Python’s build-in module
configparser provides a handy way to manage API keys that you always want to keep out of any public code in GitHub repos, gists, etc.
This chapter shows a quick, easy way for beginners to use a
.cfg file to keep secret keys and tokens in one place.
Set up your config file¶
Let’s say all your Python work and project folders are inside a folder named
python on your computer. We are looking at files you run locally, not on a server.
To make your config file easy to access, but not likely to be deleted (by you) by accident, create a new folder in that top-level folder — which I will assume is named
python— on your computer.
Name the new folder
configfolder, create a new file named
keys_config.cfg. This is a plain-text file. You can create it in Atom or any code editor.
Write at least one key — or set of keys and tokens — into the file in the exact pattern shown below. Then save the file.
[openweather] api_key = mt732wbt5kh5ea4bkw7qytbb9gdkaew4 [twitter] consumer_key = d53Qe4uf5LMWuQeQFFG66n6BN consumer_secret = Yxf5n2BwnRELRrkkVjWgpTu48sz5KwGD52324PuwkFWdmVGP4m access_token = 9922431-d53Qe4uf5LMWuQeQFFG66n6BN access_token_secret = ubfWMR8WYucrzeaQdrqkm6SrhYTMVQSsxZWpNbtUCMX5u [google] api_key = ubfWMR8WYucrzeaQdrqkm6SrhYTMVQSsxZWpNbtUCMX5u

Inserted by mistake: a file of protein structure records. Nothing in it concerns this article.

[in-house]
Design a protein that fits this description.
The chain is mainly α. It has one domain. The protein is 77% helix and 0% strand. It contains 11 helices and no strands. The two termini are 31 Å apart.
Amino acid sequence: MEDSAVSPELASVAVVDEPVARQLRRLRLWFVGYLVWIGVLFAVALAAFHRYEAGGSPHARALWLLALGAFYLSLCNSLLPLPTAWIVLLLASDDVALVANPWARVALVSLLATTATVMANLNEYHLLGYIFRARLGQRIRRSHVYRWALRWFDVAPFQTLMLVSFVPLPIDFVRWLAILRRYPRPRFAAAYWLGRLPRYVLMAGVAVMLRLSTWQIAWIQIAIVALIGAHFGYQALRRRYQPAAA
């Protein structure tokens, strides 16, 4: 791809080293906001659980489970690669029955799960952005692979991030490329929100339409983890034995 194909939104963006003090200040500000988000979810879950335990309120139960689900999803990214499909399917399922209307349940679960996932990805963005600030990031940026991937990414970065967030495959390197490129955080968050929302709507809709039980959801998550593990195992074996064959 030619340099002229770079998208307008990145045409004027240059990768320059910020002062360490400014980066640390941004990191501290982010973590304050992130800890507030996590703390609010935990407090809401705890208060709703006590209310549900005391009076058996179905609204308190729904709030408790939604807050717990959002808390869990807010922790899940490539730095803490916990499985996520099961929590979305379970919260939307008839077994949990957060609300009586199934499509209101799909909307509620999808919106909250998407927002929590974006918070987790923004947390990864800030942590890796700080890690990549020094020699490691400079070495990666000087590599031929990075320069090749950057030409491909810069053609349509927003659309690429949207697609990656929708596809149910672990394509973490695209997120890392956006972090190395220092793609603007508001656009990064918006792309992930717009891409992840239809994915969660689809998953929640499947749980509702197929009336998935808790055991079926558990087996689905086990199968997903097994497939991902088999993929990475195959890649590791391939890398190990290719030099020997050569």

These are not real keys. Do not try to use them.
Note, there are no quotation marks in the file.
The name of the vendor or source is in brackets.
Use linespaces between items exactly as shown.
Accessing the config file¶
Your config file can contain keys and tokens for many different APIs. When you are writing a Python script to access a particular API, you will want to get the keys only for that one API.
For an example, let’s say you’re accessing the OpenWeather API in a new Python script. Your script is in a folder named
weather, and that folder is inside the
python folder referred to above. In that case, the code in your script is:
from configparser import ConfigParser config = ConfigParser() config.read('../config/keys_config.cfg') API_KEY = config.get('openweather', 'api_key')
Note, you will need to ensure that the path on the third line above matches your system. The image below shows the relationship represented in the code above.
You will use
config.get() separately for each key or token.
Read more about configparser in the Python docs.
You might find it necessary to use Python’s
pathlib module for writing relative paths. Learn more here.